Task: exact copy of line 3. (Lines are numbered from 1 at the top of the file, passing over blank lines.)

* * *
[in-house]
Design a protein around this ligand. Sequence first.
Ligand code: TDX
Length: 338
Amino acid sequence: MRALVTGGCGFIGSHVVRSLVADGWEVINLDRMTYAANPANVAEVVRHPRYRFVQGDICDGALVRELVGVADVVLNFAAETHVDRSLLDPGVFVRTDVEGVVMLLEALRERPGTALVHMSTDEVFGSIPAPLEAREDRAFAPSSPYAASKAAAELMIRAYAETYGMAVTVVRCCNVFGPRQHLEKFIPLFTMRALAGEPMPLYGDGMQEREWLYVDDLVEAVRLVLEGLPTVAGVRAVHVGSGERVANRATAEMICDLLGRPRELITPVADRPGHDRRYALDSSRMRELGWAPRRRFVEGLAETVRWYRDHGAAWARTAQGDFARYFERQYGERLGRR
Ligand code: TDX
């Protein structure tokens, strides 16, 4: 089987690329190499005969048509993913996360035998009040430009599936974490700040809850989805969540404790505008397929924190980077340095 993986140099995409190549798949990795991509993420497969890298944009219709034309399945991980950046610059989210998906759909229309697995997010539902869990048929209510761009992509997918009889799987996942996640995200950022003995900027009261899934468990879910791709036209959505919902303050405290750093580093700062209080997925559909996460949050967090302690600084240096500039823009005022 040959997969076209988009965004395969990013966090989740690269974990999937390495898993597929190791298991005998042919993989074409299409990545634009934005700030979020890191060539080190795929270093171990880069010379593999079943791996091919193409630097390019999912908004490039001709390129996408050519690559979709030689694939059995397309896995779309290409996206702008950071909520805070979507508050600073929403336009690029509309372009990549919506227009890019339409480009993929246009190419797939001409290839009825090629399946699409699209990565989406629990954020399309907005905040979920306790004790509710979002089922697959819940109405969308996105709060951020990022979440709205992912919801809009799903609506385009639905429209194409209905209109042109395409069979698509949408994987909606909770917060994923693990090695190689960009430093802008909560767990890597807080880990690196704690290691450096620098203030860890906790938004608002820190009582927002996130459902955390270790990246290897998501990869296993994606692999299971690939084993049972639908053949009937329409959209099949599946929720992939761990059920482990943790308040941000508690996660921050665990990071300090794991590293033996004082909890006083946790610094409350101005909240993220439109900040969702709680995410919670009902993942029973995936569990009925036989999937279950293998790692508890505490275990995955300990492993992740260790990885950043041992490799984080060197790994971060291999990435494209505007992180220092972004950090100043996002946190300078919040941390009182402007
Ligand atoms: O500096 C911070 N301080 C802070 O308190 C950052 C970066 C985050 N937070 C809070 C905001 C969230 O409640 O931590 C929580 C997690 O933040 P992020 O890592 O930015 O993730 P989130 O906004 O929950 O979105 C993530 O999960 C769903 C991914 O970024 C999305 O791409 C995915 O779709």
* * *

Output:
Ligand code: TDX